The American Founding Fathers were born into this tradition. There were actually two “strains” of the Enlightenment. One, represented by Voltaire, Rousseau, and Diderot, was largely anti-religious. The other, following such thinkers as John Locke and Edmund Burke, argued that true religion was necessary to establish freedom and a moral foundation for society. Voltaire and Rousseau (et al) led to the French Revolution; Locke and his descendants produced the American Revolution.

The Americans, in Enlightenment tradition, argued that religion should not be dictated by the national government and that people should be free to believe and practice whatever religion they chose. But, since religion (in Europe) was state policy and state controlled, governments thus also controlled political speech. It is no coincidence that the First Amendment to the American Constitution has both freedom of speech and freedom of religion clauses. It was religion, in the pre-American Revolution period, that was largely the opponent of free speech. Forced religion destroyed free speech. Freedom of religion therefore meant free political speech.


But the huge mistake Leftists today make is arguing that the American Founding Fathers were thus anti-religion. This is totally false. To them, true religion was a cardinal foundation of a truly free society. John Adams wrote, “Our Constitution was made only for a moral and religious people. It is wholly inadequate to the government of any other.” Read that again and let it sink in. The Founders feared government tyranny, whatever its source, so their Constitution was written to limit the power of the national government, giving Congress as few powers as possible (about 17, read Article 1, Section 8). Political power (per the 10th Amendment) was largely placed in the hands of the states and local governments, closer to the people and thus more controllable. The true intent of the “freedom of religion” clause, as Thomas Jefferson wrote, was to prevent the FEDERAL GOVERNMENT from interfering with the religion of the people, as had been happening for the past several centuries. The First Amendment forbids the national government from limiting free political speech and the free practice of religion, and prohibits the establishment of any national political or religious belief. The federal government cannot prevent people from criticizing it or letting their religious beliefs influence their votes or opinions. That would be tyranny. The First Amendment precludes Congress from establishing a tyranny OR a theocracy. Our Constitution establishes a republic, not an autocracy or theocracy. A very, LIMITED republic where government control over people must be restricted in order to avoid political tyranny. But, CRUCIALLY, since government control over people is minimal, the widespread FREE—not forced—exercise of religion is absolutely essential to constrain the baser instincts of the masses. It was a noble experiment in trusting the American people.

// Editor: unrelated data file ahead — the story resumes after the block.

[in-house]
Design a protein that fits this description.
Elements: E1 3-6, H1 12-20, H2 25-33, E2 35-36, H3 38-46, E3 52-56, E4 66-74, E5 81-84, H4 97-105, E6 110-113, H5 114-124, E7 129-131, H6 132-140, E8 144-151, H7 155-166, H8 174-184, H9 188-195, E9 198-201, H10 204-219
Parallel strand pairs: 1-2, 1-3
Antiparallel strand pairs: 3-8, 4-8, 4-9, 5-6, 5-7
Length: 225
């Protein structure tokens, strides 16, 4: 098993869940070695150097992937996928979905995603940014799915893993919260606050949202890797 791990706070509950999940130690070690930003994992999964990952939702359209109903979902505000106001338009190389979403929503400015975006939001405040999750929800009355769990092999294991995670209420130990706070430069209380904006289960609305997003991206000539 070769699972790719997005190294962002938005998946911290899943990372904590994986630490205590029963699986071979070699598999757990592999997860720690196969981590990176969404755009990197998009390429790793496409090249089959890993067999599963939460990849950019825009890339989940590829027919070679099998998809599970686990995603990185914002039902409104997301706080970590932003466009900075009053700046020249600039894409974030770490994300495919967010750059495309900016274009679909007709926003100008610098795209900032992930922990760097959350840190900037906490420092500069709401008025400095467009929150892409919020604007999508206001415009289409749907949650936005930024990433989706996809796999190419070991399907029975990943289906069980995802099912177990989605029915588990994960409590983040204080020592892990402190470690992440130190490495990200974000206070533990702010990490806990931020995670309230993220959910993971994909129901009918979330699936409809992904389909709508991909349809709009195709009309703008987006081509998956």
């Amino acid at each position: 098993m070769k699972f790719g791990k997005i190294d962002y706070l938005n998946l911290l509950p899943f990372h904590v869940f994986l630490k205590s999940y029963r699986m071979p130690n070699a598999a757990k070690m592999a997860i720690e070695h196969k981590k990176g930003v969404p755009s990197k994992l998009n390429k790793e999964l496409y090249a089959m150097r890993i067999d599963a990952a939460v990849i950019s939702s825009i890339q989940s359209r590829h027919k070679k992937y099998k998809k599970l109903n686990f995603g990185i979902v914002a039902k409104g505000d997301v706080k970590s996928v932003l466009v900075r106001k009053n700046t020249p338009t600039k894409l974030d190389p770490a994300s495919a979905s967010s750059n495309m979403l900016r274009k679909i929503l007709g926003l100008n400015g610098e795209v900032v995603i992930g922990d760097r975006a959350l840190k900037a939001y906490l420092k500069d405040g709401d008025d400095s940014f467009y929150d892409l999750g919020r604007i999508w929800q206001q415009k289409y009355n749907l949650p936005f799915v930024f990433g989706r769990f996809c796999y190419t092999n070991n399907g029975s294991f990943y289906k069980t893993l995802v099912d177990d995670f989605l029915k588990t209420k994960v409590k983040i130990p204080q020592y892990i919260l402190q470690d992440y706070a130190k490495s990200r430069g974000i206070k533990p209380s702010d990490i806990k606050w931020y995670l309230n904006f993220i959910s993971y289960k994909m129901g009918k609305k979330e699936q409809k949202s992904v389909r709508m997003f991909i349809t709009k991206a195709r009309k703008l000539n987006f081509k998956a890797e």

But it has utterly failed now, because the Left does not WANT limited government; they are totalitarian. And that is also why they hate religion so vociferously. A truly religious, moral people don’t need a lot of government. But a constitutional republic, not a theocracy. History shows theocracies can be as totalitarian as Leftist ideologies have become. Both must be guarded against, and the First Amendment, especially, was designed to do just that. It is the Left today that is violating Voltaire’s dictum. They want to impose their theocracy—Marxism—and opponents must shut up or be burned at the stake. No freedom of speech for the “heretics,” the “counter-revolutionaries.”

Isn’t it interesting how history has come full circle in the last 250 years? 


Have you started your Christmas shopping?  Don’t forget to include some good reading material, especially for the cold winter months.   My western novels, Whitewater and River Bend, are available at Amazon, Barnes and Noble, and   A third western, Allie’s Dilemma, is available for Kindle only.   And read some different posts on my blog at

Join the conversation as a VIP Member


Trending on Townhall Videos